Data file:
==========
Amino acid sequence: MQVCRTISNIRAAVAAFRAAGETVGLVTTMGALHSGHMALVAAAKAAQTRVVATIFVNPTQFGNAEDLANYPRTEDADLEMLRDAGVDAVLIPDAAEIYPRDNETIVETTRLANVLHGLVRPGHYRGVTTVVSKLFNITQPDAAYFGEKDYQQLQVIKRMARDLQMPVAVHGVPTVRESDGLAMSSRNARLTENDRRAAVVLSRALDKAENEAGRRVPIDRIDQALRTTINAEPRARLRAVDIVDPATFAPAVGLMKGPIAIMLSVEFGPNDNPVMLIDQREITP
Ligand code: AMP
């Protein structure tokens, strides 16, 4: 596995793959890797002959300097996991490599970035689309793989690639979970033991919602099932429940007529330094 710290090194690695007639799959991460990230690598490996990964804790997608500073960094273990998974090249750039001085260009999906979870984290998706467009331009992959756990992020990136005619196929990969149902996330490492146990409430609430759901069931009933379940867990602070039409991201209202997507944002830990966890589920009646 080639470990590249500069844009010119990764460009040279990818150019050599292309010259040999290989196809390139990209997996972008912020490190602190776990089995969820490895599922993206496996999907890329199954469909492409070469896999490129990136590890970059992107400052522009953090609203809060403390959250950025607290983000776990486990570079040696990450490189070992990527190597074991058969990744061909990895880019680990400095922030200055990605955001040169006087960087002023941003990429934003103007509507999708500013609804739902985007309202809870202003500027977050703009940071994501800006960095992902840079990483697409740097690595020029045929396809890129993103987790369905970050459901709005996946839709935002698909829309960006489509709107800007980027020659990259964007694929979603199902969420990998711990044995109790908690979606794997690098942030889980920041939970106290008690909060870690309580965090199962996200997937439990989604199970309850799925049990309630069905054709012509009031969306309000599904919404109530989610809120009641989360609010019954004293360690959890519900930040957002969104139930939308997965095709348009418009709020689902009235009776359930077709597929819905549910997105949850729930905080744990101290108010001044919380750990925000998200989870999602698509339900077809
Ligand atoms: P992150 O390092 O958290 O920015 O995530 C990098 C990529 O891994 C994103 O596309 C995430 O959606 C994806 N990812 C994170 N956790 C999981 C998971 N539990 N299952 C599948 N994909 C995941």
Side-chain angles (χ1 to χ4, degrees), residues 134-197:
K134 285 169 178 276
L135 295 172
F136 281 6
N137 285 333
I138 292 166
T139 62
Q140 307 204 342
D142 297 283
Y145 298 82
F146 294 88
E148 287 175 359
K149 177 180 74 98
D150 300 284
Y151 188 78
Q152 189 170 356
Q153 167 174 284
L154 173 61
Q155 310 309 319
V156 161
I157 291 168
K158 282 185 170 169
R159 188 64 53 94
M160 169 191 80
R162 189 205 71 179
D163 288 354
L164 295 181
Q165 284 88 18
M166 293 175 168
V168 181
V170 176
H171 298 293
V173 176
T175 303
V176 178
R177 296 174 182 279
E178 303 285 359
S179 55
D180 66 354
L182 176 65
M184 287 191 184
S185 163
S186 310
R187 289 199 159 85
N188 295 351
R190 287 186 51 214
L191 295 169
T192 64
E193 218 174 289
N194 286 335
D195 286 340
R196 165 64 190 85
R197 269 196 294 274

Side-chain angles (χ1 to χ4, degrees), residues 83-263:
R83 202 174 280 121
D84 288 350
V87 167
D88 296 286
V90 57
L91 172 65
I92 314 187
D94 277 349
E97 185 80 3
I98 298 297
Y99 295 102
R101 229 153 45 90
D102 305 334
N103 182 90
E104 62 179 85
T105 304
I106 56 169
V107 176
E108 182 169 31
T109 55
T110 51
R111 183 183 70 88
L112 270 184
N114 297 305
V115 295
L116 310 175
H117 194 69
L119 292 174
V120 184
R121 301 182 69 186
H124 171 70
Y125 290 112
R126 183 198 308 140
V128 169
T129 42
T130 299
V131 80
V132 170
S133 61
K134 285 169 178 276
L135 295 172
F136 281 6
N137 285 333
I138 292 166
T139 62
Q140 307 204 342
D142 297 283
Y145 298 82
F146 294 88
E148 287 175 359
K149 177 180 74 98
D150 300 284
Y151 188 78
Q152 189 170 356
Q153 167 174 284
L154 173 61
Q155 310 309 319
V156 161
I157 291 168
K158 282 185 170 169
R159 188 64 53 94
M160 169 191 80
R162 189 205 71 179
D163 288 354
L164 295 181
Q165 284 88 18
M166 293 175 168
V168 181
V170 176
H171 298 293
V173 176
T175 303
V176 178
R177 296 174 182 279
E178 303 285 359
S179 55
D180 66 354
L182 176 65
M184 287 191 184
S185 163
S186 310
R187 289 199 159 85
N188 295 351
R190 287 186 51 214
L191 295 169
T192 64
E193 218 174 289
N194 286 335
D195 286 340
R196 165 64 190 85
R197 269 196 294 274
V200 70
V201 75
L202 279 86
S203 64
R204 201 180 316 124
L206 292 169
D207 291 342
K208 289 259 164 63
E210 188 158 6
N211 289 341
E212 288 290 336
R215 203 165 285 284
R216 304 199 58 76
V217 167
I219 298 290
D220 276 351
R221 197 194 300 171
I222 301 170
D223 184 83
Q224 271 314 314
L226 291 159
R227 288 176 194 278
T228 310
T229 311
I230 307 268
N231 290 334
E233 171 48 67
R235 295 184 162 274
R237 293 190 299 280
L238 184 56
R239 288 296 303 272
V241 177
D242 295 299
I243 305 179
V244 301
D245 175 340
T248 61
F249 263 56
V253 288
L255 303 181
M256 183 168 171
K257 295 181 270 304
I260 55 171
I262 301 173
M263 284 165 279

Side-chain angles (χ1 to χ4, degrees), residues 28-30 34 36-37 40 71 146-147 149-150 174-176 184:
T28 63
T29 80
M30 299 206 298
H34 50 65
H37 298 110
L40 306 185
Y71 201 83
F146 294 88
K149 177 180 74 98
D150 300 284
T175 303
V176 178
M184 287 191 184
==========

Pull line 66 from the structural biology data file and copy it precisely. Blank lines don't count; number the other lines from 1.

D94 277 349